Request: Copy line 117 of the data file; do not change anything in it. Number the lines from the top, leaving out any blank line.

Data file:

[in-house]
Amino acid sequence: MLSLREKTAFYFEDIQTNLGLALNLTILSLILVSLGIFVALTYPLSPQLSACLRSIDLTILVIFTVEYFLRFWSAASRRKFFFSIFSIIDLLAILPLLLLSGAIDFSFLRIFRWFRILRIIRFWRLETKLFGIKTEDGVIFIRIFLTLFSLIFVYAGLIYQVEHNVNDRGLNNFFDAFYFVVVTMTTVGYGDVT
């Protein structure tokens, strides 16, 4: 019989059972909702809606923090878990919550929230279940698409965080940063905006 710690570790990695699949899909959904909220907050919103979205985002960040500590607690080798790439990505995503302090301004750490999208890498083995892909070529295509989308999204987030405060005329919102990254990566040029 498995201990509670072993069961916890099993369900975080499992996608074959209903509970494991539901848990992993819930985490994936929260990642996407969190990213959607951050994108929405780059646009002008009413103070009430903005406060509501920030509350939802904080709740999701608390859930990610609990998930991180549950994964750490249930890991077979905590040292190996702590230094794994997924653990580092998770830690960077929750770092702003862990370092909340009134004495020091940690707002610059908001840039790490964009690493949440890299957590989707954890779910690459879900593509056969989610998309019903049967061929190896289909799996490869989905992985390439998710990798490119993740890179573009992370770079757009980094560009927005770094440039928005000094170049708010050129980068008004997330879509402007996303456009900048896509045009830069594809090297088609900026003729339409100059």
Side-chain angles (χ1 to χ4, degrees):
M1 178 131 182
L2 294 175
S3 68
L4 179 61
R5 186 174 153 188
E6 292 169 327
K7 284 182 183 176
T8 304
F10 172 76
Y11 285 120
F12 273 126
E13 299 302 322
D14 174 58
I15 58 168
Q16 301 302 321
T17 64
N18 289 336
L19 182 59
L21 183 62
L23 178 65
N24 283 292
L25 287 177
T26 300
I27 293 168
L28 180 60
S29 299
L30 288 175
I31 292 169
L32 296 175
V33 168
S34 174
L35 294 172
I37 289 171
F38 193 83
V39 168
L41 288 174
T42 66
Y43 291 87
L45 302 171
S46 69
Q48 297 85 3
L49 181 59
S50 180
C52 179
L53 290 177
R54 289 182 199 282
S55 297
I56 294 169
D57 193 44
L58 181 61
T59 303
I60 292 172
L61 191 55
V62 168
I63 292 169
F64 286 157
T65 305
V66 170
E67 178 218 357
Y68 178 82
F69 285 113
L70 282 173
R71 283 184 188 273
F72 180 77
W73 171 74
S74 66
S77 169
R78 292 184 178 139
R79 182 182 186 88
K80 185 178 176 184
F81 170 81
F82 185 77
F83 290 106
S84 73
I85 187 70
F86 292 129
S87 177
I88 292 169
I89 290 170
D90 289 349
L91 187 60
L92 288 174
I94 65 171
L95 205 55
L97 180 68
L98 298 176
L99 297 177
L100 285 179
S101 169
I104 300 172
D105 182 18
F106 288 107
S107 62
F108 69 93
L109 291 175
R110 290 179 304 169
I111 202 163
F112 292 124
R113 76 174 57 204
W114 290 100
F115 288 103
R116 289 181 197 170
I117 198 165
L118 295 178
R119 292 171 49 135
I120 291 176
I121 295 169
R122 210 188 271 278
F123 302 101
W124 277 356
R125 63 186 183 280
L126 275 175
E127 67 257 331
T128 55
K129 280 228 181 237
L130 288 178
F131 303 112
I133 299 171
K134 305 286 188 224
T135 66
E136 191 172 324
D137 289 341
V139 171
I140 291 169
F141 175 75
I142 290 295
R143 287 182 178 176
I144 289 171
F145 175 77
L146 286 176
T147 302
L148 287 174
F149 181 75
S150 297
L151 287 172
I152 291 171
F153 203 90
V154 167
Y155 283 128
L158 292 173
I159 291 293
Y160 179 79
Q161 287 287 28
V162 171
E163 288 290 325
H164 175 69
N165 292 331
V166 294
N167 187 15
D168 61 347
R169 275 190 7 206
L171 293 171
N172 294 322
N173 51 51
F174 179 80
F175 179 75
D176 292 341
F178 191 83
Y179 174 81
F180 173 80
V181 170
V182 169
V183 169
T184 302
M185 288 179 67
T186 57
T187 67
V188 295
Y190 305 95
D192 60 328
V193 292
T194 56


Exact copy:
E127 67 257 331